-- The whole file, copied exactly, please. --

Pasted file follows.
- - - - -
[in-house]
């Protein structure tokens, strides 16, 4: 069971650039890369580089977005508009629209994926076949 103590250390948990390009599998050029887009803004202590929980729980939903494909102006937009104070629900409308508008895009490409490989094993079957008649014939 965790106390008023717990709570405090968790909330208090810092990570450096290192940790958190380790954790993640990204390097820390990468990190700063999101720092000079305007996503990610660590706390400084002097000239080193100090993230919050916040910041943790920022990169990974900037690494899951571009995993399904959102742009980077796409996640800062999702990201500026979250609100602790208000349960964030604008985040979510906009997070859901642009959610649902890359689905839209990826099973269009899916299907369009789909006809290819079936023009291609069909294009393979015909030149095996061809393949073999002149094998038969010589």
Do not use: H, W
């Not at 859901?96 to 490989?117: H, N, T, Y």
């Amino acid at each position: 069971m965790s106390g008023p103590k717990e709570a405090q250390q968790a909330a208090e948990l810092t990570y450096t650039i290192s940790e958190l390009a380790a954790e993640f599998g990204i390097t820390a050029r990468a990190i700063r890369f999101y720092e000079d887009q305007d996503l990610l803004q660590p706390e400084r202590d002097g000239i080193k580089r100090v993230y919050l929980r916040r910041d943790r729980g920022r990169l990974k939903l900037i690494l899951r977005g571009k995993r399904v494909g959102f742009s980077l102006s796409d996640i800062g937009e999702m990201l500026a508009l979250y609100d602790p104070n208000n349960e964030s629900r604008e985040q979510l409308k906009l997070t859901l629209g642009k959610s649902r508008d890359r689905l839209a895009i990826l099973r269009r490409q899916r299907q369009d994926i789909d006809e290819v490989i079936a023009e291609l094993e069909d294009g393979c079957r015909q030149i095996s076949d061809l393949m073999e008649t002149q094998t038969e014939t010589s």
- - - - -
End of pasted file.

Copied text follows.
[in-house]
């Protein structure tokens, strides 16, 4: 069971650039890369580089977005508009629209994926076949 103590250390948990390009599998050029887009803004202590929980729980939903494909102006937009104070629900409308508008895009490409490989094993079957008649014939 965790106390008023717990709570405090968790909330208090810092990570450096290192940790958190380790954790993640990204390097820390990468990190700063999101720092000079305007996503990610660590706390400084002097000239080193100090993230919050916040910041943790920022990169990974900037690494899951571009995993399904959102742009980077796409996640800062999702990201500026979250609100602790208000349960964030604008985040979510906009997070859901642009959610649902890359689905839209990826099973269009899916299907369009789909006809290819079936023009291609069909294009393979015909030149095996061809393949073999002149094998038969010589």
Do not use: H, W
């Not at 859901?96 to 490989?117: H, N, T, Y």
């Amino acid at each position: 069971m965790s106390g008023p103590k717990e709570a405090q250390q968790a909330a208090e948990l810092t990570y450096t650039i290192s940790e958190l390009a380790a954790e993640f599998g990204i390097t820390a050029r990468a990190i700063r890369f999101y720092e000079d887009q305007d996503l990610l803004q660590p706390e400084r202590d002097g000239i080193k580089r100090v993230y919050l929980r916040r910041d943790r729980g920022r990169l990974k939903l900037i690494l899951r977005g571009k995993r399904v494909g959102f742009s980077l102006s796409d996640i800062g937009e999702m990201l500026a508009l979250y609100d602790p104070n208000n349960e964030s629900r604008e985040q979510l409308k906009l997070t859901l629209g642009k959610s649902r508008d890359r689905l839209a895009i990826l099973r269009r490409q899916r299907q369009d994926i789909d006809e290819v490989i079936a023009e291609l094993e069909d294009g393979c079957r015909q030149i095996s076949d061809l393949m073999e008649t002149q094998t038969e014939t010589s």